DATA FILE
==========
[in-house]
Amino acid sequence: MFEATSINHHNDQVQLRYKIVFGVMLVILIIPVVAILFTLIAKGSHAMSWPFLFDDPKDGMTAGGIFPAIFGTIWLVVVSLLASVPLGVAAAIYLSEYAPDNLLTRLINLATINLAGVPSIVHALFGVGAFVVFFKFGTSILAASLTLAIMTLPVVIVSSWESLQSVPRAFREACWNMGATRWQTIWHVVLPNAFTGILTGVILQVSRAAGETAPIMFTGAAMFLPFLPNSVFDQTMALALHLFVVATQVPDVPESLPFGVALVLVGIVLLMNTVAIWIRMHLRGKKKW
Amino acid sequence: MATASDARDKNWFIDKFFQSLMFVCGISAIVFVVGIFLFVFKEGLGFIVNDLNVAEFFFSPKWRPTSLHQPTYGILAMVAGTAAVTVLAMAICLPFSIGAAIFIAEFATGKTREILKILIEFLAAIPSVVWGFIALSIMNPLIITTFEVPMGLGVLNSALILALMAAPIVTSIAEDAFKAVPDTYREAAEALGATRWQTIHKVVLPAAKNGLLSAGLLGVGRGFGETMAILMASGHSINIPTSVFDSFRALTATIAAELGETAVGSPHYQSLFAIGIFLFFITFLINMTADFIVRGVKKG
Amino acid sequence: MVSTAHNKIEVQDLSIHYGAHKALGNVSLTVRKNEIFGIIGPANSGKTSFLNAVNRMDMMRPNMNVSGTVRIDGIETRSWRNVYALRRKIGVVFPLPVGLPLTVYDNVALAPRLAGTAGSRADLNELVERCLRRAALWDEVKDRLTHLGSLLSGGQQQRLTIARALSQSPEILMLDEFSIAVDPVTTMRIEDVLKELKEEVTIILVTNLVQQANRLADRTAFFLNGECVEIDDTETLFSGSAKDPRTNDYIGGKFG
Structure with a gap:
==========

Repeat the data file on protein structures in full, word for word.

[in-house]
Amino acid sequence: MFEATSINHHNDQVQLRYKIVFGVMLVILIIPVVAILFTLIAKGSHAMSWPFLFDDPKDGMTAGGIFPAIFGTIWLVVVSLLASVPLGVAAAIYLSEYAPDNLLTRLINLATINLAGVPSIVHALFGVGAFVVFFKFGTSILAASLTLAIMTLPVVIVSSWESLQSVPRAFREACWNMGATRWQTIWHVVLPNAFTGILTGVILQVSRAAGETAPIMFTGAAMFLPFLPNSVFDQTMALALHLFVVATQVPDVPESLPFGVALVLVGIVLLMNTVAIWIRMHLRGKKKW
Amino acid sequence: MATASDARDKNWFIDKFFQSLMFVCGISAIVFVVGIFLFVFKEGLGFIVNDLNVAEFFFSPKWRPTSLHQPTYGILAMVAGTAAVTVLAMAICLPFSIGAAIFIAEFATGKTREILKILIEFLAAIPSVVWGFIALSIMNPLIITTFEVPMGLGVLNSALILALMAAPIVTSIAEDAFKAVPDTYREAAEALGATRWQTIHKVVLPAAKNGLLSAGLLGVGRGFGETMAILMASGHSINIPTSVFDSFRALTATIAAELGETAVGSPHYQSLFAIGIFLFFITFLINMTADFIVRGVKKG
Amino acid sequence: MVSTAHNKIEVQDLSIHYGAHKALGNVSLTVRKNEIFGIIGPANSGKTSFLNAVNRMDMMRPNMNVSGTVRIDGIETRSWRNVYALRRKIGVVFPLPVGLPLTVYDNVALAPRLAGTAGSRADLNELVERCLRRAALWDEVKDRLTHLGSLLSGGQQQRLTIARALSQSPEILMLDEFSIAVDPVTTMRIEDVLKELKEEVTIILVTNLVQQANRLADRTAFFLNGECVEIDDTETLFSGSAKDPRTNDYIGGKFG
Structure with a gap: